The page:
( Trial Court Opinion, filed September 13, 2013, at 1-4) (footnote and some internal citations to the record omitted).

The Commonwealth charged Appellant with PWID, simple possession, and possession of drug paraphernalia. On August 21, 2013, Appellant filed an omnibus pretrial motion, which included a motion to suppress the contraband found in Appellant's pill bottle. Following a hearing, the court denied Appellant's motion to suppress on September 13, 2013. The case proceeded to trial, and a jury convicted Appellant of all counts on January 24, 2014. On April 2, 2014, the court sentenced Appellant to a term of three (3) to twenty-three (23) months' incarceration for the PWID conviction. For the conviction of possession of drug paraphernalia, Appellant was ordered to pay a $100.00 fine. The conviction for simple possession merged with PWID for sentencing. On April 8, 2014, Appellant filed a timely notice of appeal. The court ordered Appellant to file a concise statement of errors complained of on appeal pursuant to Pa.R.A.P. 1925(b); Appellant timely complied.

Appellant raises a single issue for our review:


( Appellant's Brief at 2).

Appellant argues the purpose of the Erie County Courthouse policy regarding searches is to prevent people from bringing firearms and other dangerous weapons into the facility. Appellant asserts he had no notice he would be searched for contraband, and the signs at the entrance to the courthouse were changed after the incident to inform visitors they could be searched for this purpose. Appellant concedes the government " has a great interest in keeping the public and courthouse employees safe." (Appellant's Brief at 6). Nevertheless, Appellant contends there was nothing unusual about the Anacin bottle. Appellant avers Deputy Welch did not testify that he believed the bottle was a weapon. Appellant concludes the deputy's removal of the Anacin bottle from the bin and subsequent examination of its contents amounted to an unconstitutional search, and the court improperly denied the motion to suppress. We disagree.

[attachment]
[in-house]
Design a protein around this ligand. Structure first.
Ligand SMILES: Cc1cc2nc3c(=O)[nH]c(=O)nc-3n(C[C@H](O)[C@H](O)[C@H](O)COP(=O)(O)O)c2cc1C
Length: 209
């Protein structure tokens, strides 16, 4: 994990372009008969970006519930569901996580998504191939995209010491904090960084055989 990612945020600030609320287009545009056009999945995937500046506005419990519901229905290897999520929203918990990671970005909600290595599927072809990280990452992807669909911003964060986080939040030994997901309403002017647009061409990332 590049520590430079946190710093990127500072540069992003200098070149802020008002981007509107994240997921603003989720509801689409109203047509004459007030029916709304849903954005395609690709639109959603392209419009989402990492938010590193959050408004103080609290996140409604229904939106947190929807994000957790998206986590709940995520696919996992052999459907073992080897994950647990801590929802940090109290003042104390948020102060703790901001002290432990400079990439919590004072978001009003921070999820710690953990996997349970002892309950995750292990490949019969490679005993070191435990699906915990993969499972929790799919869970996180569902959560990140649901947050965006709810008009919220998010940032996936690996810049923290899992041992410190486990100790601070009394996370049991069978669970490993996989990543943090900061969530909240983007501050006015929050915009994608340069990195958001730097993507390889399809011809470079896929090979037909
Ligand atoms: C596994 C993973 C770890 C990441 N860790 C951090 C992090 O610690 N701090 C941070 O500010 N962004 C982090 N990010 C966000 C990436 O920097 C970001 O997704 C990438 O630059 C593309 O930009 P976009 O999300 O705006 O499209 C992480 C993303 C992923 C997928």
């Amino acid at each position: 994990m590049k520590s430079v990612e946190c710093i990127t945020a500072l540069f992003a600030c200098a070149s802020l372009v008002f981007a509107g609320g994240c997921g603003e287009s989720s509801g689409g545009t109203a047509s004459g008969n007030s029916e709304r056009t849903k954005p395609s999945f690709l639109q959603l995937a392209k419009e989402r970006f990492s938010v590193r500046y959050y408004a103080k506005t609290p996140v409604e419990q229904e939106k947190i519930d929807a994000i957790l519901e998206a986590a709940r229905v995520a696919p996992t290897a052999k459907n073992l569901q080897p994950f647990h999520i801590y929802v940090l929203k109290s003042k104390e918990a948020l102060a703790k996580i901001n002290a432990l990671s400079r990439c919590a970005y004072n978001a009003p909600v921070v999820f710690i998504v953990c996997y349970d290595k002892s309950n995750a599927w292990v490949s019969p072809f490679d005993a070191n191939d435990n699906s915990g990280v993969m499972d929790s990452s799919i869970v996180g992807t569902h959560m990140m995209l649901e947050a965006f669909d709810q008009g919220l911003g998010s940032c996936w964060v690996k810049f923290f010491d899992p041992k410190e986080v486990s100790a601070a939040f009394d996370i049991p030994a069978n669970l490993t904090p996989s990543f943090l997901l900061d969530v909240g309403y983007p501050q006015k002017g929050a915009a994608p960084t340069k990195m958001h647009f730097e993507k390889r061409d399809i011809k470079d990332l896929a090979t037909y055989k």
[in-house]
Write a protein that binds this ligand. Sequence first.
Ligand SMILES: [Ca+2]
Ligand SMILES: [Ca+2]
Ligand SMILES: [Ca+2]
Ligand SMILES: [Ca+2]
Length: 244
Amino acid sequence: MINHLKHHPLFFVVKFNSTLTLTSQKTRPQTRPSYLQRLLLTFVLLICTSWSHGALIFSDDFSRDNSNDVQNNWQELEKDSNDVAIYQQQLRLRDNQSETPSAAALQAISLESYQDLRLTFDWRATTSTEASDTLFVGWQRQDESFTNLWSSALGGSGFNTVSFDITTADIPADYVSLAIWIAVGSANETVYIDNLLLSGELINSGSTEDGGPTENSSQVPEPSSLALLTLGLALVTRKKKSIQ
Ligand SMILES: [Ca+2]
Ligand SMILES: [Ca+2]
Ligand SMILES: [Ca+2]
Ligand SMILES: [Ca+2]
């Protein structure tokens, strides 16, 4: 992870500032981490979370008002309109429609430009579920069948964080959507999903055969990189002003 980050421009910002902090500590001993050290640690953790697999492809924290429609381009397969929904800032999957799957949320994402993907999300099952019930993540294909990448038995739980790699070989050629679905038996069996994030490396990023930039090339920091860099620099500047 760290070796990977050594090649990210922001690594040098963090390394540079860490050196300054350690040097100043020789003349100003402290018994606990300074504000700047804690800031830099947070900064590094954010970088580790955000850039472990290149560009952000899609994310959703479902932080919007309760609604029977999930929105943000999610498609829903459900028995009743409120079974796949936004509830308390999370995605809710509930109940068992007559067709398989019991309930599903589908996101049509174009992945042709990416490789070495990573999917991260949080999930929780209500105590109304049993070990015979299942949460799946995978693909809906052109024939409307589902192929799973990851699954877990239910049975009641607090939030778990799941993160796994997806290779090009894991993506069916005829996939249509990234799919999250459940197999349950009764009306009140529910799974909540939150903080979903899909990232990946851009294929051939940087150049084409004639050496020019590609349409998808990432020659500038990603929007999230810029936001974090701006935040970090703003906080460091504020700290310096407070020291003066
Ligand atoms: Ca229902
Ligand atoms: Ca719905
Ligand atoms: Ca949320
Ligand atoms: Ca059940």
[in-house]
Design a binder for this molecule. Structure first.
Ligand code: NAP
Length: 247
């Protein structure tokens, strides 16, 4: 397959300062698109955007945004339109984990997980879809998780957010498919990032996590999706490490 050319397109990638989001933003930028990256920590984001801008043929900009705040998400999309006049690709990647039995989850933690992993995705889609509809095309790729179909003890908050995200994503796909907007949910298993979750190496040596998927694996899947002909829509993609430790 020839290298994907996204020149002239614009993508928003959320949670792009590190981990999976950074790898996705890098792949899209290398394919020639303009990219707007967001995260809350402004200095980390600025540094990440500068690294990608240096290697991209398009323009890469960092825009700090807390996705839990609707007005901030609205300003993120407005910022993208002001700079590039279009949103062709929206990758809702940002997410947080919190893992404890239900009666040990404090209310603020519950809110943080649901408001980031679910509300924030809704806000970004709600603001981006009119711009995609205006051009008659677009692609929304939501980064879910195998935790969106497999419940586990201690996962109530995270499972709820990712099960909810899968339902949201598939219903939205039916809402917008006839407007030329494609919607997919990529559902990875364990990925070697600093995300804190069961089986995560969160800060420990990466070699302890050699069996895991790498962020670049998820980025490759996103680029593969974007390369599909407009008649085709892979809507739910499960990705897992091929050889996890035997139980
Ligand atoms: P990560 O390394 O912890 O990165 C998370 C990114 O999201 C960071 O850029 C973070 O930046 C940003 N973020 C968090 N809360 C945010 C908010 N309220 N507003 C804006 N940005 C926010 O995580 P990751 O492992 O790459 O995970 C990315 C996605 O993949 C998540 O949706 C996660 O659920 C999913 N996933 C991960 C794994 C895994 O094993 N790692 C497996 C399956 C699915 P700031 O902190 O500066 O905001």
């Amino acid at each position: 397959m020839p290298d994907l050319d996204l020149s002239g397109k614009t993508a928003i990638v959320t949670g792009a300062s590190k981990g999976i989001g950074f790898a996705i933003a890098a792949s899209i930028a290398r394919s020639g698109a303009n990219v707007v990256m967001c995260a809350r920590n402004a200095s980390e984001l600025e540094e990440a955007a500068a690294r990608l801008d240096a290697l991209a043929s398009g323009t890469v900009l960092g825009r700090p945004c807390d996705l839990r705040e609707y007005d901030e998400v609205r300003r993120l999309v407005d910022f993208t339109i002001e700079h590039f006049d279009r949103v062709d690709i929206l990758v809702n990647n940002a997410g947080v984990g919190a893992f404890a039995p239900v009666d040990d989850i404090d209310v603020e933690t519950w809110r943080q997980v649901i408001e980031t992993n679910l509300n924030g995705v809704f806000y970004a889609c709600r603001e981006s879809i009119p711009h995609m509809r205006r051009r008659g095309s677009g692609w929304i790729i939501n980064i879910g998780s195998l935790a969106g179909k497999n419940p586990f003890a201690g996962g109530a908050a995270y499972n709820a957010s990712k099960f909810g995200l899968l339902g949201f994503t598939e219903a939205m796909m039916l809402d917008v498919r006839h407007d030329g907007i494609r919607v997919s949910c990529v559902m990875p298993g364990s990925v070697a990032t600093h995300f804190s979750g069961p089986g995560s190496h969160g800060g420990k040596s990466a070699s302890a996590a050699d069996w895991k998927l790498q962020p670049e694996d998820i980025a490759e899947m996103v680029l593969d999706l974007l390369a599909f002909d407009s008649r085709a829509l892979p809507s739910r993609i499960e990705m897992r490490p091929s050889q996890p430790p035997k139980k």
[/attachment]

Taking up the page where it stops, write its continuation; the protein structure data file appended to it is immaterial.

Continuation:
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We review the denial of a suppression motion as follows:

Our standard of review in addressing a challenge to a trial court's denial of a suppression motion is limited to determining whether the factual findings are supported by the record and whether the legal conclusions drawn from those facts are correct.
[W]e may consider only the evidence of the prosecution and so much of the evidence for the defense as remains uncontradicted when read in the context of the record as a whole. Where the record supports the findings of the suppression court, we are bound by those facts and may reverse only if the court erred in reaching its legal conclusions based upon the facts.

Commonwealth v. Williams, H., 2008 PA Super 6, 941 A.2d 14, 26-27 (Pa.Super. 2008) ( en banc ) (internal citations and quotation marks omitted). Further, " It is within the suppression court's sole province as fact finder to pass on the credibility of witnesses and the weight to be given their testimony." Commonwealth v. Clemens, 2013 PA Super 85, 66 A.3d 373, 378 (Pa.Super. 2013) (quoting Commonwealth v. Gallagher, 2006 PA Super 66, 896 A.2d 583, 585 (Pa.Super. 2006)).

" Both the Fourth Amendment to the United States Constitution and Article I, § 8 of the Pennsylvania Constitution protect the people from unreasonable searches and seizures." Commonwealth v. McCree, 592 Pa. 238, 246, 924 A.2d 621, 626 (2007) (internal footnotes omitted). " Not every search must be conducted pursuant to a warrant, for the Fourth Amendment bars only unreasonable searches and seizures." Commonwealth v. Taylor, 565 Pa. 140, 149, 771 A.2d 1261, 1266 (2001), cert. denied, 534 U.S. 994, 122 S.Ct. 462, 151 L.Ed.2d 380 (2001). " While a search is generally not reasonable unless executed pursuant to a warrant, the Supreme Court of the United States and [the Pennsylvania Supreme Court] have recognized exceptions to the warrant requirement." Id.